Links to the Bible[edit]

Various Muslim authors link the 'Hadith of the Twelve Successors' to verses in the Biblical Book of Genesis, which relates God speaking to Abraham:

Abraham fell facedown; he laughed and said to himself, "Will a son be born to a man a hundred years old? Will Sarah bear a child at the age of ninety?" And Abraham said to God, "If only Ishmael might live under your blessing!"
Then God said, "Yes, but your wife Sarah will bear you a son, and you will call him Isaac. I will establish my covenant with him as an everlasting covenant for his descendants after him. And as for Ishmael, I have heard you: I will surely bless him; I will make him fruitful and will greatly increase his numbers. He will be the father of twelve rulers, and I will make him into a great nation. But my covenant I will establish with Isaac, whom Sarah will bear to you by this time next year." Genesis 17:17-21

The twelve rulers are commonly understood to refer to the twelve sons of Ishmael:

These are the names of the sons of Ishmael, listed in the order of their birth: Nebaioth the firstborn of Ishmael, Kedar, Adbeel, Mibsam, Mishma, Dumah, Massa, Hadad, Tema, Jetur, Naphish and Kedemah. These were the sons of Ishmael, and these are the names of the twelve tribal rulers according to their settlements and camps. Genesis 25:13-16

Some Muslims reject this identification, identifying Gen. 25:17-20 as a direct quotation of God and Gen. 25:13-16 as the fallible narration of a human author. Further, they argue that 25:16 contains the specifier "tribal" not contained in 17:20, "twelve rulers".

The Shi'a draw a further distinction, arguing that God is not in interested in secular power and refers to the religious authority of prophets or Imams when using the words "rulers" or "kings". According to this argument, the Biblical authors refer to kings or others with secular power when using the same words. Proponents of this view identify the words "great nation" with the Muslim community and not with kingdom. Note however that Twelver Shias consider the Imams not only as religious leaders but also as princes and the rulers.[134]

Muslims identify the "twelve rulers" mentioned in Genesis with the Twelve Successors of the Hadith. For instance, the 14th century Sunni scholar Ibn Kathir stated:[135]

We see the following prophecy in the Taurat which is in the hands of the Jews and the Christians: "Indeed Allah, the Exalted, has given Ibrahim (a.s.) the glad tidings of Isma'il, and he has bestowed a favour and multiplied it and placed in his progeny twelve mighty (personalities)." ...
Ibn Taymiyya said: "And these are the same, regarding whom the Prophet (s.a.w.s.) has given the glad tidings in the tradition of Jabir ibn Samurah and stated their number; indeed this is with regard to the Imams and the Hour will not come till they last."[136]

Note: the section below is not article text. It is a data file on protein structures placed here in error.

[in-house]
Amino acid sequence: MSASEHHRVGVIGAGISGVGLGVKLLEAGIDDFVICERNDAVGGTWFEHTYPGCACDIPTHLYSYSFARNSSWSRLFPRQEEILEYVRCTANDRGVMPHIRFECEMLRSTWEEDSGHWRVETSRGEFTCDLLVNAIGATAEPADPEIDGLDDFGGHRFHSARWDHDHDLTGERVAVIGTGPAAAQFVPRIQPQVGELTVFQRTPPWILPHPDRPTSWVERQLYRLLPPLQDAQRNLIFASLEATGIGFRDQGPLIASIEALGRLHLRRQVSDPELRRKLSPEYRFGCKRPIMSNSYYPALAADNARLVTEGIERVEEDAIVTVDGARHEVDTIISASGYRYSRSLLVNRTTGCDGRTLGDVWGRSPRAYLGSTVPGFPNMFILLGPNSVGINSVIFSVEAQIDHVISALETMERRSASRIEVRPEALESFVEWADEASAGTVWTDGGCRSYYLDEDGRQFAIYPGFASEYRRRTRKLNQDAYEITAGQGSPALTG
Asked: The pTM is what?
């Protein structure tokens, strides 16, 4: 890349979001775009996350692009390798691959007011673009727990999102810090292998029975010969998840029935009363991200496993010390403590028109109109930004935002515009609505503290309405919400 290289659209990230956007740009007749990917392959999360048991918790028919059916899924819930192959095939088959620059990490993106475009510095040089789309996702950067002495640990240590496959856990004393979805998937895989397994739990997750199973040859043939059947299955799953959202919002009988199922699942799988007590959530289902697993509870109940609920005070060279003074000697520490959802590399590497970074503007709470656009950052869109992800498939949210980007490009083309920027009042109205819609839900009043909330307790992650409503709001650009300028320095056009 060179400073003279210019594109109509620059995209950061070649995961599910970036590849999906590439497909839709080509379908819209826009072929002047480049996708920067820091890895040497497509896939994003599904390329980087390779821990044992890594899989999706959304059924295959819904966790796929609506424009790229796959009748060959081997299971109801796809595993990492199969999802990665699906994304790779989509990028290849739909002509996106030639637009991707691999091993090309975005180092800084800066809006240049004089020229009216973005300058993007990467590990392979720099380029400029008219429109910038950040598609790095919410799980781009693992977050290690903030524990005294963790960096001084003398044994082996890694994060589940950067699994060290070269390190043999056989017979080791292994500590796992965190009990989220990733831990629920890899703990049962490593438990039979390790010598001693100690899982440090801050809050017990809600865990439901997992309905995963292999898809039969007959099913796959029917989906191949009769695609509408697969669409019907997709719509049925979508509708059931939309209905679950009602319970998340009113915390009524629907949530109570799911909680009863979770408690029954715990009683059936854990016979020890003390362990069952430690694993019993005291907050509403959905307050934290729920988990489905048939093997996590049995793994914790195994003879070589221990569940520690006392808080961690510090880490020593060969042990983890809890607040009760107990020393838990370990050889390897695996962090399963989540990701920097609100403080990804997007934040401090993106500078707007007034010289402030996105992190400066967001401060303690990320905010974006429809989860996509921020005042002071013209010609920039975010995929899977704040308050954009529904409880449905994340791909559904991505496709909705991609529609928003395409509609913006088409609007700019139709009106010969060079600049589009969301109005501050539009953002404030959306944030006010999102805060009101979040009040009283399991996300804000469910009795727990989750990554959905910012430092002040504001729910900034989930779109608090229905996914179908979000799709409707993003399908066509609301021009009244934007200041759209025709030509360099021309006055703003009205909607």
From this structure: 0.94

Since these successors, whether Caliph or Imam, originate from the tribe of the Quraish, from which Muhammad sprang, they are considered descendants of Ishmael.

A quote from the Shia Imam Muhammad al-Baqir refers to Abraham's prayer narrated above:

"We are the remnant of progeny. And that was the prayer of Ibrahim (a.s.) regarding us." [137]

Several sources also link the Hadith of the Twelve Successors to Twelve tribes of Israel with the words

"Twelve Caliphs, (like) the number of the Chiefs of Bani Israel." [138]

A few sources also draw a link to Moses:

"There will be Caliphs after me, whose number is like those of the companions of Musa."[139]

See also[edit]

References[edit]

  1. ^ Sahih Bukhari 89.329
  2. ^ Sahih Muslim : Book 020: Number 4477, 4478, 4480, 4481, 4482, 4483
  3. ^ Sunan Abu Dawood : Book 36: Number 4266
  4. ^ Sunan al-Tirmidhi (Arabic) Chapter of Fitan,
    2:45 (India) and 4:501 Tradition # 2225 (Egypt)
    Hadith #2149 (numbering of al-'Alamiyyah)
  5. ^ Musnad-e-Ahmad, vol 1, pg 398
  6. ^ Musnad-e-Tayalesi, vol 3, pg 105 Tr. No 767 and vol 6, pg 180 Tr. No 1278, published at Hyderabad, India in 1321 A.H
  7. ^ Al-Mo'jam al-Kabeer, vol 2, pg 258, Tr. No. 1964
  8. ^ Al-Fetan, vol. 1, pg 39, Chap 7, Tr. No. 2
  9. ^ Al-Malaahem wa al-Fetan pg 32, chap 29
  10. ^ Musnad-e-Ahmad, vol 5, pg 93
  11. ^ Sunan Abi Dawood, Kitab al-Mahdi
  12. ^ Taarikh-e-Baghdad, vol 12, pg 126, No. 516
  13. ^ Al-Bidaaya wa al-Nihaayah, vol 1, pg 18
  14. ^ Al-Mojam Al-Kabeer, vol 2, pg 214, Tr. No. 1792 and 1793
  15. ^ Musnad-e-Ahmad, vol 5, pg 92
  16. ^ Kanz al-Ummaal, vol 12, pg 33, Tr. no 33860 narrating from Tabraani and Tr. No. 33803, narrating from Tirmidhi
  17. ^ Sunan al-Tirmidhi, Kitab al-Fetan, Chap 46, Tr. No. 2223
  18. ^ Tarikh-e-Baghdad vol 14, pg 353, No. 7673
  19. ^ Al-Mo'jam al-Kabeer, vol 2, pg 236. Tr. No. 1875 and pg 248, tr. No. 1923 and pg 251, Tr. No 1936 and pg. 283 Tr. No. 2063 and vol 2, pg 215, Tr. No 1799.
  20. ^ Al-Ghaibah of No'mani, pg 123 chap 6, Tr. No 14, and pg 120, Chap 6, Tr. No. 8
  21. ^ Kifaayaa al-Asar, pg 50, Chap 6, Tr. No. 2
  22. ^ Nihaayah al-bidaayah wa al-Nihaayah vol 1, pg 17
  23. ^ Yanaabi al-Mawaddah, Chap 77, pg 445
  24. ^ Al-Mawaddah al-Qurbah, pg 215